The Labor Code also contemplates that employees will be paid for all work performed. (All statutory references are to the Labor Code unless otherwise indicated.) Section 510, subdivision (a) provides: “Eight hours of labor constitutes a day’s work. Any work in excess of eight hours in one workday and any work in excess of 40 hours in any one workweek and the first eight hours worked on the seventh day of work in any one workweek shall be compensated at the rate of no less than one and one-half times the regular rate of pay for an employee. Any work in excess of 12 hours in one day shall be compensated at the rate of no less than twice the regular rate of pay for an employee. In addition, any work in excess of eight hours on any seventh day of a workweek shall be compensated at the rate of no less than twice the regular rate of pay of an employee.” The section recognizes certain exceptions in various statutorily authorized alternative workweeks, but no others.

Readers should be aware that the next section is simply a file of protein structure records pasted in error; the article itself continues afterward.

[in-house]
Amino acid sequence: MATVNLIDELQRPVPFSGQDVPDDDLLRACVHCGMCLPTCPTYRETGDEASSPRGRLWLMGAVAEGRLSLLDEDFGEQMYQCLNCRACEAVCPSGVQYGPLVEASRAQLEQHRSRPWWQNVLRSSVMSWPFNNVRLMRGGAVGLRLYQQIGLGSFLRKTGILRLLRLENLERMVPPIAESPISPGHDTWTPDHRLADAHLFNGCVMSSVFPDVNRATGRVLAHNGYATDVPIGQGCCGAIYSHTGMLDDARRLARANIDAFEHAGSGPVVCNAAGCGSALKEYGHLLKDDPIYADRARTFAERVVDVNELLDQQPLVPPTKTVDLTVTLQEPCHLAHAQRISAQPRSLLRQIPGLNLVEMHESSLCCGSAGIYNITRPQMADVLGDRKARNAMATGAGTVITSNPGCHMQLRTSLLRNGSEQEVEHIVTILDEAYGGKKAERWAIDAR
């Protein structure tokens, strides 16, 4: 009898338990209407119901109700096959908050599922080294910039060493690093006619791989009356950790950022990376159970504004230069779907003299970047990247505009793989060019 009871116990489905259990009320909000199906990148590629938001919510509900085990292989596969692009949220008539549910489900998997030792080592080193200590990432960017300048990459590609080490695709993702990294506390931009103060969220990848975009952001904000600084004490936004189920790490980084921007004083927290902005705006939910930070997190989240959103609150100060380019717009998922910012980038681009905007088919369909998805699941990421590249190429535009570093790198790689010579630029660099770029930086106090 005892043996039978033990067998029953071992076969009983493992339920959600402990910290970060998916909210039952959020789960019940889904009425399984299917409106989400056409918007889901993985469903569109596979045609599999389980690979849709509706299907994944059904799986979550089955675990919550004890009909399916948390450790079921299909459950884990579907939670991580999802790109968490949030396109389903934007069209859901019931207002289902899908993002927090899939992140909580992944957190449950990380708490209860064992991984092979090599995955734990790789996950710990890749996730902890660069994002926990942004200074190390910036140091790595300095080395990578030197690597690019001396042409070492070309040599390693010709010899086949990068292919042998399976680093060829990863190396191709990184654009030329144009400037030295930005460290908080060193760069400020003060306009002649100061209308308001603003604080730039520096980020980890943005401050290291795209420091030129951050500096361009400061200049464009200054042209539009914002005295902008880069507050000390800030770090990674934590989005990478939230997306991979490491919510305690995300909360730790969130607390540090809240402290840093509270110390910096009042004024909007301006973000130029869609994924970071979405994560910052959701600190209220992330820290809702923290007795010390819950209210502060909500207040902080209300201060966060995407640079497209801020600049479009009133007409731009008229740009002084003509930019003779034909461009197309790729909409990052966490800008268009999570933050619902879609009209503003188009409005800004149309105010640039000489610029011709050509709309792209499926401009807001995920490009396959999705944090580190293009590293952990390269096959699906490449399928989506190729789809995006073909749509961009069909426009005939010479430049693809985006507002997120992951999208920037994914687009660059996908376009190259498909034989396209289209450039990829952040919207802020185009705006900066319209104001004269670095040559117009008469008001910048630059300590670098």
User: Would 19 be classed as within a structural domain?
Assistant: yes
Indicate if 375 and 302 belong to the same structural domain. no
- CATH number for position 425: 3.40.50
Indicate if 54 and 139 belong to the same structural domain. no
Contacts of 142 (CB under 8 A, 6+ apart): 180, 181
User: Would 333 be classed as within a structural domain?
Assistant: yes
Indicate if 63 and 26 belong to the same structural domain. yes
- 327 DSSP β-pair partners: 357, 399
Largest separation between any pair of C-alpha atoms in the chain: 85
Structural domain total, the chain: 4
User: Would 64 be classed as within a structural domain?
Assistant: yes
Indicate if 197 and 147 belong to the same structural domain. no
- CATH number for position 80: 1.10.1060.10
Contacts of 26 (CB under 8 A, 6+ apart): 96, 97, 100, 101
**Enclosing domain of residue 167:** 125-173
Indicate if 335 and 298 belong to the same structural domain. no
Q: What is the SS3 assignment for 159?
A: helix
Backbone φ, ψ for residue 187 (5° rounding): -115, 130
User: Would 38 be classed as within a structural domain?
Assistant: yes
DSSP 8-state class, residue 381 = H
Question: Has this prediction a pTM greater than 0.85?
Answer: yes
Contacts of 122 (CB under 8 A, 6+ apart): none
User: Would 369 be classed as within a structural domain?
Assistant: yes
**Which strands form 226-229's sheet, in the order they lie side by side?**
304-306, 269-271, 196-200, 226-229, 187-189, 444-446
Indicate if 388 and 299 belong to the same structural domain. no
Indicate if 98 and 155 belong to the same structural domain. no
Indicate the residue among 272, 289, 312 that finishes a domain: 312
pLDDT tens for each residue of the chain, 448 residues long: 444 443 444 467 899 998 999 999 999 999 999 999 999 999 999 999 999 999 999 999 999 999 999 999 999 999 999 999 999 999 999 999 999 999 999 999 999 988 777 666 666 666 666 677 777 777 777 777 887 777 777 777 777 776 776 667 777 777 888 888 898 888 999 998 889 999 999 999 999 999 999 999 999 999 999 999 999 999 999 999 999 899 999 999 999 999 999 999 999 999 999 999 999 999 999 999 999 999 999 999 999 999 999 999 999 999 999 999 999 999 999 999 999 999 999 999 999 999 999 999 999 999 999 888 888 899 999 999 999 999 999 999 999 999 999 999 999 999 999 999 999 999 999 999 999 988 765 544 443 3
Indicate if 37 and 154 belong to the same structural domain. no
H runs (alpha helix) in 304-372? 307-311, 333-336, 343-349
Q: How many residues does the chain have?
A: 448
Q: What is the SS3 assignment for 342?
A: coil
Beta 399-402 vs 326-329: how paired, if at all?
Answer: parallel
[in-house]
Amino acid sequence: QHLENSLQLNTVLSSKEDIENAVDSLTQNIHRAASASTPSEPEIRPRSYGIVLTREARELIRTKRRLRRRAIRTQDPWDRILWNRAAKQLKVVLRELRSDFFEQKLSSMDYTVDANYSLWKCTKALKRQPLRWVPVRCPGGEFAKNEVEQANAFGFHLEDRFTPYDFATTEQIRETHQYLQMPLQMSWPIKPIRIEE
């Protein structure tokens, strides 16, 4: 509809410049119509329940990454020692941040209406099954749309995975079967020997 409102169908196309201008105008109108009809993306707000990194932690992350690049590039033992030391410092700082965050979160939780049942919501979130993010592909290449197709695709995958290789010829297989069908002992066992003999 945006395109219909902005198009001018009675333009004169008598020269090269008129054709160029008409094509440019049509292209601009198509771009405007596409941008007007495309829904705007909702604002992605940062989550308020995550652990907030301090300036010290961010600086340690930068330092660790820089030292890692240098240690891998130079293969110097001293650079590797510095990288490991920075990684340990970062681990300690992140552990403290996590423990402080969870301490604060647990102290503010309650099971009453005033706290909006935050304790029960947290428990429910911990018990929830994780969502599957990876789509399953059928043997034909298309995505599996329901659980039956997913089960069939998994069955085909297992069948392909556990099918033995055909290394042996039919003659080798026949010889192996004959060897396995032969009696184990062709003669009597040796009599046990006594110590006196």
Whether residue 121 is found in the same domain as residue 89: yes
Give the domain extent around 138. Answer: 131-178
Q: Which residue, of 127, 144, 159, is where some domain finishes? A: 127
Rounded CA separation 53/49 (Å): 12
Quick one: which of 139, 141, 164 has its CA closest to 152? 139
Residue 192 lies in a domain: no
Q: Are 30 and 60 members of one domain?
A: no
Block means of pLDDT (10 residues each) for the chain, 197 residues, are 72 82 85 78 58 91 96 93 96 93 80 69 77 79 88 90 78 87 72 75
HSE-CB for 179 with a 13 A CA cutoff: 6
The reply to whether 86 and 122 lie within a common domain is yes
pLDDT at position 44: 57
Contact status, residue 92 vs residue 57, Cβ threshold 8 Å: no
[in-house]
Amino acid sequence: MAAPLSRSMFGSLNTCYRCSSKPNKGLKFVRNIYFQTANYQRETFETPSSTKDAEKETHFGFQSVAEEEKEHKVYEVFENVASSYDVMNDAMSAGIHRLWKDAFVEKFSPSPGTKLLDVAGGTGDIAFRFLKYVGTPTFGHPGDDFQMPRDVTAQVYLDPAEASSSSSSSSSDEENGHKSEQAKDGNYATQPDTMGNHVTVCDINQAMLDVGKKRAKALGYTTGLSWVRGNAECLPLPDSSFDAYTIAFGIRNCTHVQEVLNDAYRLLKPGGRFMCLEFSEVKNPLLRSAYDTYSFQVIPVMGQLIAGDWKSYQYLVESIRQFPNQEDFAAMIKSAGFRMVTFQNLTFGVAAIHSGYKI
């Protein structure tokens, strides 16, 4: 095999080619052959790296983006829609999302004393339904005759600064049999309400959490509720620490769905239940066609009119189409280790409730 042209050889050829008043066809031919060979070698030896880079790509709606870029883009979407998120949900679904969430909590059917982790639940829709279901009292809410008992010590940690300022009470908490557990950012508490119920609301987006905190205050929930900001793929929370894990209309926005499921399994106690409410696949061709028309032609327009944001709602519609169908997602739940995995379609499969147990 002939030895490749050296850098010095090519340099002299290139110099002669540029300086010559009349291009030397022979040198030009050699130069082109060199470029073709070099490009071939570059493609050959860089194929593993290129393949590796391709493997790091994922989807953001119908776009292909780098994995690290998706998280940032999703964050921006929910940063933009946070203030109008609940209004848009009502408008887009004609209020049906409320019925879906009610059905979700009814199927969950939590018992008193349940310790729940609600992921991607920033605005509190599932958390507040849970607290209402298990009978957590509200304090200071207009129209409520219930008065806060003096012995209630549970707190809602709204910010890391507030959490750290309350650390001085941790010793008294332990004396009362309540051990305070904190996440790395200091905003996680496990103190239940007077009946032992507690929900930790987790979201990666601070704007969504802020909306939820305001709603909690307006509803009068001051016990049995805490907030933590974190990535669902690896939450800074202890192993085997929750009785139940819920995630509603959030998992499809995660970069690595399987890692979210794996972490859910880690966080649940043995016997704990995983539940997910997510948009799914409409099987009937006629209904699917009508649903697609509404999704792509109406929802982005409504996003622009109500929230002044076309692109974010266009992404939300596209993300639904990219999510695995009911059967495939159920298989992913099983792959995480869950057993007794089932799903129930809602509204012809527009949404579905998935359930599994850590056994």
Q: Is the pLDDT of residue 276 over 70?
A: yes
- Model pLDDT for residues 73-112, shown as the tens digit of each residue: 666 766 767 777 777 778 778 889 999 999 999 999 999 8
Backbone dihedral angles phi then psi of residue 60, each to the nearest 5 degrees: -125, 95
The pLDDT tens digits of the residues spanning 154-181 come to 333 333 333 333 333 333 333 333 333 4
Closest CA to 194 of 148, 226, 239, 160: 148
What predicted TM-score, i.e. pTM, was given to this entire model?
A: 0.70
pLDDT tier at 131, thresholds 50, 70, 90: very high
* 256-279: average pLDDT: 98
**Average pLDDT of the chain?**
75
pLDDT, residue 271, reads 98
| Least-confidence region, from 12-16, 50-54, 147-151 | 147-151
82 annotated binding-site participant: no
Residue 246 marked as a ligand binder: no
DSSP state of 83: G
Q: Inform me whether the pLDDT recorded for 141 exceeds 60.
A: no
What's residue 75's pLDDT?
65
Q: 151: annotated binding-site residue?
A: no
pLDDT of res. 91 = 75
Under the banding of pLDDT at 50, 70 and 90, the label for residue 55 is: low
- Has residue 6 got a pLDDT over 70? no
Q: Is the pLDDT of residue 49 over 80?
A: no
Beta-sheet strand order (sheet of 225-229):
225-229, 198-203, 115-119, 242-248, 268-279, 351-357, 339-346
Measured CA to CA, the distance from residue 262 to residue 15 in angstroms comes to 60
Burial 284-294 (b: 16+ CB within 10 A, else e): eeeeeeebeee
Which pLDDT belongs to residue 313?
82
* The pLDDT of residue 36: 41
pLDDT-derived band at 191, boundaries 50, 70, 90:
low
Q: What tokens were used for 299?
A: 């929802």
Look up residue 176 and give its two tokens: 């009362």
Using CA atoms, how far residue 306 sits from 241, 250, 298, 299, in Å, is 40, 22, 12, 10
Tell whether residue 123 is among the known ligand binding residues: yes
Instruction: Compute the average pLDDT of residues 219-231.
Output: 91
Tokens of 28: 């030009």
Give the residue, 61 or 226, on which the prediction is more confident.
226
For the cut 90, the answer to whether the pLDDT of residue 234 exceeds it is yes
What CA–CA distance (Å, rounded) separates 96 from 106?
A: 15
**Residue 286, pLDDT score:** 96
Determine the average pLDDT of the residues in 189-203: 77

The federal rule permitting employers under some circumstances to require employees to work as much as 10 minutes a day without compensation is less protective than a rule that an employee must be paid for “all hours worked” (Wage Order No. 5, subds. 3(A), 4(A)) or “[a]ny work” beyond eight hours a day (Lab. Code, § 510, subd. (a)). And there is no “ ‘convincing evidence of the IWC’s intent to adopt the federal standard.’ ” (Mendiola, supra, 60 Cal.4th at p. 843.) Nothing in the language of the wage orders or Labor Code shows an intent to incorporate the federal de minimis rule articulated in Anderson, Lindow, or the federal regulation. Although Anderson has been the law for 70 years and has been incorporated into the Code of Federal Regulations for over 50 years, neither the Labor Code statutes nor any wage order has been amended to recognize a de minimis exception. Starbucks cites no statutory or regulatory history, and we have found none, that indicates an intent by the IWC or the Legislature to impliedly adopt such a rule.